E.g., 08/31/2014
E.g., 08/31/2014

Transatlantic Cooperation on Travelers' Data Processing: From Sorting Countries to Sorting Individuals

Reports
March 2011

Transatlantic Cooperation on Travelers' Data Processing: From Sorting Countries to Sorting Individuals

Governments once based the intensity of security screening primarily on a traveler’s nationality, but new sources of information, data sharing, and data processing allow a more direct focus on personal characteristics. Governments’ use (and sometimes misuse) of information gathered from these sources, however, raises a host of legal and political questions related to individual privacy and data-protection rights reflected in data-sharing agreements.

This report details the post-9/11 programs and agreements implemented by U.S. and European governments to identify terrorists and serious transnational criminals through the collection and processing of increasing quantities of traveler data. Data-sharing agreements have played a significant role both in enabling developments to take place, and in limiting potential negative consequences for individuals. As they enter the next phase of negotiations about data processing, the following recommendations will remain pertinent: border-control policies should become more “friendly” to travelers and citizens, data processing and its consequences should be opened up to greater public scrutiny and debate, technology should not be adopted blindly, the European Union should clarify its position on the use of profiling techniques, and policymakers on both sides of the Atlantic should acknowledge (and address) the political issues that their adoption raises.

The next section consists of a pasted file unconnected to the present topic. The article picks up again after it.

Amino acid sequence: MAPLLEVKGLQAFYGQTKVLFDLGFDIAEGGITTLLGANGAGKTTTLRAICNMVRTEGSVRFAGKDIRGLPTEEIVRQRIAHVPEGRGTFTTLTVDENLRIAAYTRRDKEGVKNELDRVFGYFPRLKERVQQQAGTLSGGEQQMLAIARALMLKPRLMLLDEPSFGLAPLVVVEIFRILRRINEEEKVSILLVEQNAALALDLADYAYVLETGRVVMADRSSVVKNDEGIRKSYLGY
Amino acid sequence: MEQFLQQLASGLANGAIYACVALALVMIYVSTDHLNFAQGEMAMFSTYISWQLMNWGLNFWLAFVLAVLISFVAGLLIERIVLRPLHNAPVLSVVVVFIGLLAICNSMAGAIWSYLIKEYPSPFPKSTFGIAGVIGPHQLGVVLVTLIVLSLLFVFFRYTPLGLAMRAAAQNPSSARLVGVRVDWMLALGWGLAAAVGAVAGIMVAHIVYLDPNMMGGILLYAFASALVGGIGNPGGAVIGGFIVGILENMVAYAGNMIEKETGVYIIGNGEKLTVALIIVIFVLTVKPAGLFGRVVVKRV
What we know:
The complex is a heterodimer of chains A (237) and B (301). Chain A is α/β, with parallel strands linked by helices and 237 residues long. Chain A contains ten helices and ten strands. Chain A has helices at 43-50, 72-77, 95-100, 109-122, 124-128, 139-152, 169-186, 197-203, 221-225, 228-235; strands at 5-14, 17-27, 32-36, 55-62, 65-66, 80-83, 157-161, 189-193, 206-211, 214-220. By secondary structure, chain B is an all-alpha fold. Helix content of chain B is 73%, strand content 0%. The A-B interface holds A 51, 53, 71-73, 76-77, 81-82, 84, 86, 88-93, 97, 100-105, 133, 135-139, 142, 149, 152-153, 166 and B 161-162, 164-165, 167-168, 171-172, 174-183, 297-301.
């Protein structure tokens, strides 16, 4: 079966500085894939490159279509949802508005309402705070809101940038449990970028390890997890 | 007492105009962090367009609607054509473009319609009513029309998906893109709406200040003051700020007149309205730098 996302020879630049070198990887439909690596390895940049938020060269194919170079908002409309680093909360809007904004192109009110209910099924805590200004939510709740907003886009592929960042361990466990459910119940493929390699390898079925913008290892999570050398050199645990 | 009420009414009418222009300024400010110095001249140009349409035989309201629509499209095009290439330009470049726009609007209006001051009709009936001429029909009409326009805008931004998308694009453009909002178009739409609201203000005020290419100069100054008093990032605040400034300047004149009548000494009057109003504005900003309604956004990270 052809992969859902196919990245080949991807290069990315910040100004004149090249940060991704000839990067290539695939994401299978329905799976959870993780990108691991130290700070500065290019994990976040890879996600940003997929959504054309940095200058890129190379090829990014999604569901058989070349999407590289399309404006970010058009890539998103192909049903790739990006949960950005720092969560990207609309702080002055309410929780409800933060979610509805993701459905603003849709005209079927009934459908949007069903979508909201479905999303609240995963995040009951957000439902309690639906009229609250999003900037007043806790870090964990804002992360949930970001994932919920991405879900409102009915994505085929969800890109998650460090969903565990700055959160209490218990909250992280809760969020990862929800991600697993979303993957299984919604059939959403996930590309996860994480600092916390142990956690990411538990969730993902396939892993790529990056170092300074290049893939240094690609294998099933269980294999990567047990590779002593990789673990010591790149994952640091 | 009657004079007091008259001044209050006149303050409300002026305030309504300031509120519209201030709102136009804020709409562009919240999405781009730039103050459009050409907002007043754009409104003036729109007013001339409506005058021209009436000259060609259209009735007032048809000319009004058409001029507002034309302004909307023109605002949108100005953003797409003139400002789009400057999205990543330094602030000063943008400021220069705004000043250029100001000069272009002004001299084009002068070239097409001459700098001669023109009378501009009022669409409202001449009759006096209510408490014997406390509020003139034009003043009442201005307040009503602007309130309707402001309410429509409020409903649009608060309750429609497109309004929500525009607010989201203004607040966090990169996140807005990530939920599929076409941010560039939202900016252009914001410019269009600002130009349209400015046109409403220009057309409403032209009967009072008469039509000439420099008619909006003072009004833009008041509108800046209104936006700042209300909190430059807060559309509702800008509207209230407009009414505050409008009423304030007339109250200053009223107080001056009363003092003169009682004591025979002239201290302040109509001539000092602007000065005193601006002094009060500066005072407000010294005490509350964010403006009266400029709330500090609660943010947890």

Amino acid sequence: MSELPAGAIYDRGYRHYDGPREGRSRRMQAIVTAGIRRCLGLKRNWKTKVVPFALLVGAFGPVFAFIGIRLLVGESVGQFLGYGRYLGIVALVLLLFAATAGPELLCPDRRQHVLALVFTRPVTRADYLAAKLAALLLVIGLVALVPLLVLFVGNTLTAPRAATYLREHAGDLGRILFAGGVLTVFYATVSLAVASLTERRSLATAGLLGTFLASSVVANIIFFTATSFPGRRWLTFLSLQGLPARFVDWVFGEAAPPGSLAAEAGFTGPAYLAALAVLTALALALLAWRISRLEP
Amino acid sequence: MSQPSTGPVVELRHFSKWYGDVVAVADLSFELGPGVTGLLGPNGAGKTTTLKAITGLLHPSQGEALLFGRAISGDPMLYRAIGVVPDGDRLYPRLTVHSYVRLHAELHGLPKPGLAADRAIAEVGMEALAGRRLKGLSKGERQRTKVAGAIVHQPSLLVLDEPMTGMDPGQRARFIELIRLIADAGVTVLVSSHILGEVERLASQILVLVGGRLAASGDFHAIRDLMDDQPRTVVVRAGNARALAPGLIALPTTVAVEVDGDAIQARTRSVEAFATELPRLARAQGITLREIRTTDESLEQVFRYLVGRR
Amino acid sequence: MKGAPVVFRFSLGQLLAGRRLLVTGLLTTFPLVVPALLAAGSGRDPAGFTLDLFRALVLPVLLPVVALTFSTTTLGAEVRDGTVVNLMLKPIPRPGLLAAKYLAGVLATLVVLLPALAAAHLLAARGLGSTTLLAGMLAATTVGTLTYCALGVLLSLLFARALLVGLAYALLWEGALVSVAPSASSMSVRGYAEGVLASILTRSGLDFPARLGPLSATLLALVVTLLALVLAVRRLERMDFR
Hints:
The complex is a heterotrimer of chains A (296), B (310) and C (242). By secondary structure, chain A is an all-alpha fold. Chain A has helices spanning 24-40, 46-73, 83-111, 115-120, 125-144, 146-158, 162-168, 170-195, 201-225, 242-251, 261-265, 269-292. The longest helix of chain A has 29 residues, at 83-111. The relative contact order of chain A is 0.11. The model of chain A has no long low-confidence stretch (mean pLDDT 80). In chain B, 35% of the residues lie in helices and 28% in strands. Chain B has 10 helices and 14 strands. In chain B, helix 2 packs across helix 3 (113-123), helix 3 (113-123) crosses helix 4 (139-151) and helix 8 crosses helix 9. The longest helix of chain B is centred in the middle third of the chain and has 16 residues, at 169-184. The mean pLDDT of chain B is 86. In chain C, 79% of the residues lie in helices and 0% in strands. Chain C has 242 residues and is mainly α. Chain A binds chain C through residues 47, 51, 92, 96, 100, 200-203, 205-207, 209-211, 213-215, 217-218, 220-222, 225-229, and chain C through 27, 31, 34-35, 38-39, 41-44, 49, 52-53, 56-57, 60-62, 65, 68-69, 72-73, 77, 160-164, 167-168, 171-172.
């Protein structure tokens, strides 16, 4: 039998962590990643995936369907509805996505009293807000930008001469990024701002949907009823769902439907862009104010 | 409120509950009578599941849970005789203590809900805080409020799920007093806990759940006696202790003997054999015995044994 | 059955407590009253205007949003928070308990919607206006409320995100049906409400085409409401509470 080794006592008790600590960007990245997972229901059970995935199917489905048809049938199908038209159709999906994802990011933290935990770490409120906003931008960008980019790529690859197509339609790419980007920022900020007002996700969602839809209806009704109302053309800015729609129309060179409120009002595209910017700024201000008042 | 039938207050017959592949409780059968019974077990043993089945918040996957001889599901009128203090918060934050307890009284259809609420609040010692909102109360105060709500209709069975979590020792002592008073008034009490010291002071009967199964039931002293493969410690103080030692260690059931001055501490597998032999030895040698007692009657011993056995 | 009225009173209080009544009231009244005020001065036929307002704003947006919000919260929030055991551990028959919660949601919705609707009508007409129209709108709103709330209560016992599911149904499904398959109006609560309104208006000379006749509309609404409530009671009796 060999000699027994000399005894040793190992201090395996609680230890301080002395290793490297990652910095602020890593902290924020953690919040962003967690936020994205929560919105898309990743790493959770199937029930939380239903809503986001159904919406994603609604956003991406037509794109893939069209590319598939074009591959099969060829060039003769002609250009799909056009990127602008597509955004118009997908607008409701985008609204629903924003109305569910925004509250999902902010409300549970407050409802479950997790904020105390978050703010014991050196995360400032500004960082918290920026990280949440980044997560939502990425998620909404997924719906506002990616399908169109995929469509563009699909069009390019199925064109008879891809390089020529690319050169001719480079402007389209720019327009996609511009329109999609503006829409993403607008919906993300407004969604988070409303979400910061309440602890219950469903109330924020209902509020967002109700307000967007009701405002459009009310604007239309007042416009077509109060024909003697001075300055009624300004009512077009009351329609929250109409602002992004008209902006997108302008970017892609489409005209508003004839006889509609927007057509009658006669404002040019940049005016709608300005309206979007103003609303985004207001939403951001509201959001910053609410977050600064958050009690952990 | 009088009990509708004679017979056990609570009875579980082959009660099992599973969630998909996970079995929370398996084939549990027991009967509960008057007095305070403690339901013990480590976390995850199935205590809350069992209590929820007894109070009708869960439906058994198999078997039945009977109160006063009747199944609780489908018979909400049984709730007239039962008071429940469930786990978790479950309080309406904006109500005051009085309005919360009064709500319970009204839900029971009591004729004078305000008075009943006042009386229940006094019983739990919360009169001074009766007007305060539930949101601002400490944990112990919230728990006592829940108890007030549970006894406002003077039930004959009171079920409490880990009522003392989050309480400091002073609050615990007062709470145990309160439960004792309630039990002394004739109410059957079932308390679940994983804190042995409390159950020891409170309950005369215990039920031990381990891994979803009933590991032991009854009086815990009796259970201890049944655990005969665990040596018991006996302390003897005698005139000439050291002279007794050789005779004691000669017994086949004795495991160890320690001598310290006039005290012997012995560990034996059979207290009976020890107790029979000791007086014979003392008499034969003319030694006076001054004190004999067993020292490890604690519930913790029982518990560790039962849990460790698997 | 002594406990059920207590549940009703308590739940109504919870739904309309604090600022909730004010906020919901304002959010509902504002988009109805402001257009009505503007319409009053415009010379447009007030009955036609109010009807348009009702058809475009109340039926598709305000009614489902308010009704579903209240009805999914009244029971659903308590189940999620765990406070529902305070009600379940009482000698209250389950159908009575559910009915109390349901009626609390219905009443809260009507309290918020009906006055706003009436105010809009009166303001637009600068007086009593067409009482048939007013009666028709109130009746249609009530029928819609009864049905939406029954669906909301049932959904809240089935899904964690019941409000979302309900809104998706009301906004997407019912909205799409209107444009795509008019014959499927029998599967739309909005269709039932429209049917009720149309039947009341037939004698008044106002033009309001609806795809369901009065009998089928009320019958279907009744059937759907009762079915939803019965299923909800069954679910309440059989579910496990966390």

Table of Contents 

I. Introduction

II. The EU and US Travelers’ Data-Collection Architecture

A. Passenger Name Record Data

B. Advance Passenger Information

C. Data Collected Directly from Individuals

III. Using Data for Screening Passengers: Sorting Countries and Sorting Individuals

A. The “Dream of Targeted Governance”

B. Passenger Data and the Evolution of Border Security Strategies

IV. Data Protection, Privacy, and Other Concerns about the Use of Personal Passenger Data

Profiling and Data Mining

V. Policies and Agreements on Transatlantic Data Sharing

A. The Passenger Name Record Agreement

B. Recent Developments in the Evolution of the Transatlantic Data-Protection Framework

C. Commission Mandate for the EU-U.S. Data-Protection Agreement

D. Transfers of Data between EU and U.S. Government Bodies or Authorities

E. Data-Sharing and Processing Practices Involving Canada: The EU-Canada PNR Agreement

VI. Conclusion: The Challenges Ahead